It can be hard when someone wants to move on from their job, but they're worried they might be making the move too soon. How long should someone stick out a job that’s no longer inspiring them?
Writing on The Wall Street Journal Online’s executive career site, Erin White says that for a long time, hiring managers preferred job candidates with years of experience at their previous employer. However, during the technology bubble, people started job-hopping every six months and often these “risk-takers” were sought after (with some companies not keen on people who had been loyal to one company for a long time). When the bubble burst, says White, many people continued to job-hop because of layoffs and bankruptcies.
“By now, the consensus on longevity has seesawed so much it is hard to tell where the consensus lies," White says.
"Some workers are penalised for too many short stints on a résumé, while others are labelled ‘stagnant’ for staying too long in one place.”
White says that the consensus seems to be that two years is about the minimum length you should stay in a job. But White warns that even if people do stay in a job for two years, a series of two-year stints will be of concern to hiring managers.
“The yardstick varies by age and profession, too. Employers tend to like longer track records in financial professionals, for instance, but sometimes tolerate more job-hopping among technology workers. When you're younger, hopping around is more acceptable than when you're older.”
On the other side of the ledger, more than ten years at the same company might be too many, White says.
“When a candidate has been at one company for a long time, the concern often is that the person is stalled in their career and isn't expanding their skills aggressively enough. Other times the fear is that no matter how qualified the candidate is, they won't be able to adapt to a new company if they've has been at another one for so long.”
Writing on The Washingtonian, Lisa Daniel quotes a career counsellor Donna Brand, who says that jobs have lifecycles — every three to five years people should move on if nothing at work is happening for them.
Daniel has a few clues that it’s time to leave. These include: dreading Monday mornings; amusing yourself by coming up with pet names for your boss, such as Attila; and people turning to you for company history.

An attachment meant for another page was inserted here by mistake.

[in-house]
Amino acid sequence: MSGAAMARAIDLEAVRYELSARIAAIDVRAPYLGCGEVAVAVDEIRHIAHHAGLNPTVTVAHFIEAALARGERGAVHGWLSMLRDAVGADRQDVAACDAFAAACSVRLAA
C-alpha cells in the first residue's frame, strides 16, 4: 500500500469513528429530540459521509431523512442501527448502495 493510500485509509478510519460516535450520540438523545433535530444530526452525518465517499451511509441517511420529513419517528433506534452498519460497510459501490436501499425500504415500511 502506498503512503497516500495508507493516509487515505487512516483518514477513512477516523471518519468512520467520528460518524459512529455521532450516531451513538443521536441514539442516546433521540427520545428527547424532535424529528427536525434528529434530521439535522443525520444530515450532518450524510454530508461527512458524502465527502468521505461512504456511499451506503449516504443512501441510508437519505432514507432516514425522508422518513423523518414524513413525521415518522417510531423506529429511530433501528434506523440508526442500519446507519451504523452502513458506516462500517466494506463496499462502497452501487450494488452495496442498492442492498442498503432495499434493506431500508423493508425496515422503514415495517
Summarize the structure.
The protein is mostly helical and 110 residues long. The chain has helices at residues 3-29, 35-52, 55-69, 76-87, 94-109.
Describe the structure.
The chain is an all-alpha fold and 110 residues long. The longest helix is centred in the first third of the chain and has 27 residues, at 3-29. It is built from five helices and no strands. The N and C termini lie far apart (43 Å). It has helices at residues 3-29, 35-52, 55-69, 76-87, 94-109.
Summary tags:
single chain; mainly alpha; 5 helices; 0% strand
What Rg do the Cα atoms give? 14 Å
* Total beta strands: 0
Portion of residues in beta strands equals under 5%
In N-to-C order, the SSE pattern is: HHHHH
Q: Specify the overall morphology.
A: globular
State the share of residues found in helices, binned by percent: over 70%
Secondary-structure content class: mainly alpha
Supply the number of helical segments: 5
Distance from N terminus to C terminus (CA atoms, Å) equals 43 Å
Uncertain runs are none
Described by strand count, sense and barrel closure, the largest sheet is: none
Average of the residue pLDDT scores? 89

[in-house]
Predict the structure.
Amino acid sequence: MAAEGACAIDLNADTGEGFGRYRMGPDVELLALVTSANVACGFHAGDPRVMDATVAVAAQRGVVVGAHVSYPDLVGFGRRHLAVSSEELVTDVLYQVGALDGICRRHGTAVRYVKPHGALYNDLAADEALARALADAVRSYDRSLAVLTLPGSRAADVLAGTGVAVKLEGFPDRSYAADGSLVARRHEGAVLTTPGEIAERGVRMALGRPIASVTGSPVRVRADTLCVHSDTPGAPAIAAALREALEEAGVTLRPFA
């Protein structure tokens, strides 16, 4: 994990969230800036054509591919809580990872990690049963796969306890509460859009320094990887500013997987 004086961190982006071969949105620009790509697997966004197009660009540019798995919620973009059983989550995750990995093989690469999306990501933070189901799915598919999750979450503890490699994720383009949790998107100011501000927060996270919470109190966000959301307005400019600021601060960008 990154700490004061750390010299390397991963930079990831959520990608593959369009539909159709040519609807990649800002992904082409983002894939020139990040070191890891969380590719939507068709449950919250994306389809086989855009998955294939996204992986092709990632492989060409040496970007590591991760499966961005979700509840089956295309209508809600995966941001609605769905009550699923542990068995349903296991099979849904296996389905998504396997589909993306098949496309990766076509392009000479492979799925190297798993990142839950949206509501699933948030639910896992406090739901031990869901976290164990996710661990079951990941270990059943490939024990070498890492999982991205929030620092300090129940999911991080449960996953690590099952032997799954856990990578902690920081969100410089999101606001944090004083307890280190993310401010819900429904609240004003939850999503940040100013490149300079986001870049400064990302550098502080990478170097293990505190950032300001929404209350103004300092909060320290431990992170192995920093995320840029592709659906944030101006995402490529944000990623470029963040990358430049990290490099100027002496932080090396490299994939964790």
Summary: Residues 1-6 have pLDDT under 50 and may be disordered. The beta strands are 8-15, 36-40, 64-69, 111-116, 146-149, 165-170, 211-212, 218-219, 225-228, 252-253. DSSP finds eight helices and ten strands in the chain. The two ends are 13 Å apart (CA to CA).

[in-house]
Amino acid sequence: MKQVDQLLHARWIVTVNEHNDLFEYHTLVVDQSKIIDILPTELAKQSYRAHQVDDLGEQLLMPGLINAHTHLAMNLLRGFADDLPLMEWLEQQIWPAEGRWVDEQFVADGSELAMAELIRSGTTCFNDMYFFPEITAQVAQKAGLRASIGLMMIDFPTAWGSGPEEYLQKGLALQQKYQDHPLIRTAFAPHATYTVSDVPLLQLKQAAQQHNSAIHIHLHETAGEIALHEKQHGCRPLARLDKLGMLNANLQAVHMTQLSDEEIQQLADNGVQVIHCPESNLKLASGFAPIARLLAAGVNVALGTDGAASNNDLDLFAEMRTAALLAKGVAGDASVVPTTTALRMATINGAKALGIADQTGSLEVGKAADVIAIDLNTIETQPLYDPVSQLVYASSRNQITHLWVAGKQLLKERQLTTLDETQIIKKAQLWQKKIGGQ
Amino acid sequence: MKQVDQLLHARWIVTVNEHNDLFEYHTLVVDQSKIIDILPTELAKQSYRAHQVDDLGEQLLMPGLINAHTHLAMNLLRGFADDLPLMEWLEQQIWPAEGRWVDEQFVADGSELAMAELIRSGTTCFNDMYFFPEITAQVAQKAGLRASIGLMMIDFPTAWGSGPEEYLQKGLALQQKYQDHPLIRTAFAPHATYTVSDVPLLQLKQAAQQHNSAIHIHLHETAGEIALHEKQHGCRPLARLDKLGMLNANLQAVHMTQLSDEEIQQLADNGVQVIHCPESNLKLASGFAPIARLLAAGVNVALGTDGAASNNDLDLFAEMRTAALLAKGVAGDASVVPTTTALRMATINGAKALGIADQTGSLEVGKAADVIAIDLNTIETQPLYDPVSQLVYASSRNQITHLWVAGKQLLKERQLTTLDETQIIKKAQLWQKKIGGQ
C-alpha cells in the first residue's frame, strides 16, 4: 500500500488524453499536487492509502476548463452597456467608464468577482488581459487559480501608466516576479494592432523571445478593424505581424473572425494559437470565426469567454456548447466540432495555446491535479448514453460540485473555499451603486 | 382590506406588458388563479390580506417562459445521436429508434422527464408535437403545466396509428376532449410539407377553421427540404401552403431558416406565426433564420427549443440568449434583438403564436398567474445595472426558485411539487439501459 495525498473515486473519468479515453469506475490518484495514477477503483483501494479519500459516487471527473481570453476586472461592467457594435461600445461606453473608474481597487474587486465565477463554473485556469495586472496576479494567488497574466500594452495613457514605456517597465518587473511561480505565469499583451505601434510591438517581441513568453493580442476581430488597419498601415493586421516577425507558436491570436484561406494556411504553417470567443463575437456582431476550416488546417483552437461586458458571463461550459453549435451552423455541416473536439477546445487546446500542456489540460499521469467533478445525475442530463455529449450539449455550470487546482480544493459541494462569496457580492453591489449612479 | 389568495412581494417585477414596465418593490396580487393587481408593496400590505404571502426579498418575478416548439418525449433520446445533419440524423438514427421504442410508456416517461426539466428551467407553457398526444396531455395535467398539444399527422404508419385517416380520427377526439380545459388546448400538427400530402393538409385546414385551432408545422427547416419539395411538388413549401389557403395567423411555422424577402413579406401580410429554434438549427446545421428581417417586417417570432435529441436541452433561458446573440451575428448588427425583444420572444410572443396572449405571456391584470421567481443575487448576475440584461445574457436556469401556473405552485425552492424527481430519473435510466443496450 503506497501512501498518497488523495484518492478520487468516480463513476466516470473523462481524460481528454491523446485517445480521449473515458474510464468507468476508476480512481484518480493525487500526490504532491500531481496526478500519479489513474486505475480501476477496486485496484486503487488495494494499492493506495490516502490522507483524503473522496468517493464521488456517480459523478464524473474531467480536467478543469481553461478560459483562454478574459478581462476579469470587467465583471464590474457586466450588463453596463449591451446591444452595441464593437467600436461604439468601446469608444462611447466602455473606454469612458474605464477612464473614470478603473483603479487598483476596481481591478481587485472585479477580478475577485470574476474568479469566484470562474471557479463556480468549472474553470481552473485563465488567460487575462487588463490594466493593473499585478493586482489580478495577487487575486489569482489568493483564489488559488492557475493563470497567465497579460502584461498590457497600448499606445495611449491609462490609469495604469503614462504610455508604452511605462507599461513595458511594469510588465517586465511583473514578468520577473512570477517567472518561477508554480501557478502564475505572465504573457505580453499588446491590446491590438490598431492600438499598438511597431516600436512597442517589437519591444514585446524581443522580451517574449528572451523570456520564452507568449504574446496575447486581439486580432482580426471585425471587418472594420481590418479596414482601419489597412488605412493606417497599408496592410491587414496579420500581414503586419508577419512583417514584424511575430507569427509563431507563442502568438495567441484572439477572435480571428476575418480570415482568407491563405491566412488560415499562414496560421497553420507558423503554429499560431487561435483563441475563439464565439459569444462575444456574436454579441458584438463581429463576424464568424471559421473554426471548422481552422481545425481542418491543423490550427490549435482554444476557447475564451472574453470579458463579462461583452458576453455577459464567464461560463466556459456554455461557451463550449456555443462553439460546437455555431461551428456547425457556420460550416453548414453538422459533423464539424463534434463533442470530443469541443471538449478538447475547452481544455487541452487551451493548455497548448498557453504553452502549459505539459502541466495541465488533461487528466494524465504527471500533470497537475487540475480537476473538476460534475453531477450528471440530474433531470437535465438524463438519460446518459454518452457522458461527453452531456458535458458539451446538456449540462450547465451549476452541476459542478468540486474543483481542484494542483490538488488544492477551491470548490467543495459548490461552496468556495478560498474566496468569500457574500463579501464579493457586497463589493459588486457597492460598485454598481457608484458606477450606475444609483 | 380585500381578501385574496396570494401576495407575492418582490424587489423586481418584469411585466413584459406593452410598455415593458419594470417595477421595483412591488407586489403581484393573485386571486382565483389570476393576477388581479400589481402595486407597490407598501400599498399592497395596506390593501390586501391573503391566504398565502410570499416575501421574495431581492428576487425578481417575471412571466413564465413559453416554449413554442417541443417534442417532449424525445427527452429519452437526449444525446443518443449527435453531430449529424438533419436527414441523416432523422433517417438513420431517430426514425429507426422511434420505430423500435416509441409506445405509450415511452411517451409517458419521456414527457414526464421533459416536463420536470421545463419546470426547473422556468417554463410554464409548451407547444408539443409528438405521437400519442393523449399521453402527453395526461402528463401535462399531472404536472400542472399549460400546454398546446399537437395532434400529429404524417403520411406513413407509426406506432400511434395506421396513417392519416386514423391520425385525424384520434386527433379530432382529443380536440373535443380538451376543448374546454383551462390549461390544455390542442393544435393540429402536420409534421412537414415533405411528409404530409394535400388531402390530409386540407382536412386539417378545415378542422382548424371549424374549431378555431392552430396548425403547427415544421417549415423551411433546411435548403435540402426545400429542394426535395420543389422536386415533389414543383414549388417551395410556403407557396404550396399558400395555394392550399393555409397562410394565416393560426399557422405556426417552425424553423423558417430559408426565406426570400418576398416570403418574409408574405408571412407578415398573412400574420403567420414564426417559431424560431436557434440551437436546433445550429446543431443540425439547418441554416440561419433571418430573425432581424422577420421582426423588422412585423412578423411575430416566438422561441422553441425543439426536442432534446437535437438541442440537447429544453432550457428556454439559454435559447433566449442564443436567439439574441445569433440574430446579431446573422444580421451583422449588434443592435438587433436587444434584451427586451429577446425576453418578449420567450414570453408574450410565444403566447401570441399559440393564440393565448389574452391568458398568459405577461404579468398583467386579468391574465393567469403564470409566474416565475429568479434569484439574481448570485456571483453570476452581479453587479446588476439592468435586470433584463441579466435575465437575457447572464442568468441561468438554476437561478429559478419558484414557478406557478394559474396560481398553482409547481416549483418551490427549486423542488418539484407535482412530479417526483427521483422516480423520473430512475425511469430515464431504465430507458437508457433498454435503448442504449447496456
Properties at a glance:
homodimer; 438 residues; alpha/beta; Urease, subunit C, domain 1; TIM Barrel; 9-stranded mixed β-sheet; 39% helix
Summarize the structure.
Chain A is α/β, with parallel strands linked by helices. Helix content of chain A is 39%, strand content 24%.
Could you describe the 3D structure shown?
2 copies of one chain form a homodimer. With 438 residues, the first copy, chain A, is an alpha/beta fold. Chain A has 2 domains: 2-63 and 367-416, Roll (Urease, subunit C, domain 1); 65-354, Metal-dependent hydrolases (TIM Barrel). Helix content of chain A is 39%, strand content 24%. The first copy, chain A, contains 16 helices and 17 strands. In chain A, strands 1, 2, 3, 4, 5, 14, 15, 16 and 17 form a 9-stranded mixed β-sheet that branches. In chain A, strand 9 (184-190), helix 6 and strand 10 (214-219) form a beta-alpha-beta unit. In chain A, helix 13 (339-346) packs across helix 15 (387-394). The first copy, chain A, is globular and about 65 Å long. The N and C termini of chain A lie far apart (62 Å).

One problem with sticking around too long is that you can become a Quit Stay. According to Career.com.au, a Quit Stay is someone who has mentally quit his or her job but keeps working.
“This person might well have been enthusiastic once. However, repetition, lack of challenge and just plain boredom has taken the fun out of work,” the site says.
The Career.com.au article says someone can become a Quit Stay due to having a poor manager — or too many changes of manager.
“Not having any input or control over your working life could also grind you down into a Quit Stay… Whatever the case, the Quit Stay has usually wandered down the path of indifference over a long period of time to find he or she is now just going through the motions.”
The Quit Stay doesn’t bother “whinging and trying to fix things” because they don’t see the point. They do enough to keep their job and not draw attention to themselves.
However, the article says life is too short to be a Quit Stay.
“The longer you stay in a dead end job the worse you feel. By the time you finally jump — or get pushed — you're so flat, angry, bitter or lacking in self-confidence that you're like a little black cloud going into job interviews.”
The key thing, according to the article, is not to focus on why your present job is “mind numbing”. Instead take stock — focus on your skills, experience, career dreams and job seeking campaign.
“Do some research. Put some thought into what you actually like doing and what you don't. Start browsing jobs just to see what is out there,” the article says.
Mills is a Dunedin-based writer. Contact her at email@example.com